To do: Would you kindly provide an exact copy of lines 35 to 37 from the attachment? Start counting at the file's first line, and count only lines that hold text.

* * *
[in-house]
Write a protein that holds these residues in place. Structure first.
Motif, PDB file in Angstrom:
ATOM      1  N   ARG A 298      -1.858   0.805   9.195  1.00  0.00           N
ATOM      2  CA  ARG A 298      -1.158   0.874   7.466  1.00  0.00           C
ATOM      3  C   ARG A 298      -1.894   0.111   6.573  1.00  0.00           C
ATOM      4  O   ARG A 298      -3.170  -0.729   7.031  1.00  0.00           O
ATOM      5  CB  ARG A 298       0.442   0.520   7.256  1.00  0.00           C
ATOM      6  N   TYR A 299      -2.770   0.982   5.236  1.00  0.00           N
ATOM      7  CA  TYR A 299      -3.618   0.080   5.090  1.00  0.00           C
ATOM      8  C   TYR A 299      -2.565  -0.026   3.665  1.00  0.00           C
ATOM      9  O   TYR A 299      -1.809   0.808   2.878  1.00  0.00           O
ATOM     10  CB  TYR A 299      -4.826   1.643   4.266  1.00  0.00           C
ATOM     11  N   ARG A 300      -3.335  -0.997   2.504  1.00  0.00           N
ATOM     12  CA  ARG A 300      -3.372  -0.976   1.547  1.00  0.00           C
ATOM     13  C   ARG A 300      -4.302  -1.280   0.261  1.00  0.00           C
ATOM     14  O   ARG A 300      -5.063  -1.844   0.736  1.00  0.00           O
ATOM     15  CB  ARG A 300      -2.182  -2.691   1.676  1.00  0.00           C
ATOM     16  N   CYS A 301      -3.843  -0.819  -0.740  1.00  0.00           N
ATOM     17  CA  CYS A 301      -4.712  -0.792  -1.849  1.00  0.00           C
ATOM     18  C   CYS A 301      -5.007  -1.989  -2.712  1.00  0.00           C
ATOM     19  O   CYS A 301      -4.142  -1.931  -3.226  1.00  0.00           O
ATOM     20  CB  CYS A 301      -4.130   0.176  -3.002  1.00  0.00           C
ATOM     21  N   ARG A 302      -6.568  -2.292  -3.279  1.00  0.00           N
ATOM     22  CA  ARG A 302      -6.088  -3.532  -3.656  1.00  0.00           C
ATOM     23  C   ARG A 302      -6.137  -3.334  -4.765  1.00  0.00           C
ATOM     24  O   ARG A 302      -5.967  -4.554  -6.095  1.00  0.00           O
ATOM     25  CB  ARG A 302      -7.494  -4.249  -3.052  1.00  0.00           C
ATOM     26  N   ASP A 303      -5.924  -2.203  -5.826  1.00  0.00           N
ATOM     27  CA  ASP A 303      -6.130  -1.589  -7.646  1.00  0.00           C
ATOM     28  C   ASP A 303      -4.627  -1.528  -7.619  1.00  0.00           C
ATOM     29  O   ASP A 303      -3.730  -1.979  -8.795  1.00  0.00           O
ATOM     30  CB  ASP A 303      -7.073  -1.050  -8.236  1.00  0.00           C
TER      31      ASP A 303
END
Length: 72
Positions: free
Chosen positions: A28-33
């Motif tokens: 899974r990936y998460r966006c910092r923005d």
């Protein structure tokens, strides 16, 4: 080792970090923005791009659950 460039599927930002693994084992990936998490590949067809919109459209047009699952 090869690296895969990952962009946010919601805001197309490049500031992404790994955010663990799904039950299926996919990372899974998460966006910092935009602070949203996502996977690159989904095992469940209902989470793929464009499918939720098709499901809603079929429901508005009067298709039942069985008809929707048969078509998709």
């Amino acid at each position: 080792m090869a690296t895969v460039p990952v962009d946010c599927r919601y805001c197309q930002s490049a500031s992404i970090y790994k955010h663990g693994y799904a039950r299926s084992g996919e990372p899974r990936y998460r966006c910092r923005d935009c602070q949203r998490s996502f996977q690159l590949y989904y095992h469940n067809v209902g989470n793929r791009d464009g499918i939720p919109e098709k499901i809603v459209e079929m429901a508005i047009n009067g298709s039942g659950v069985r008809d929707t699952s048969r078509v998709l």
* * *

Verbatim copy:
END
Length: 72
Positions: free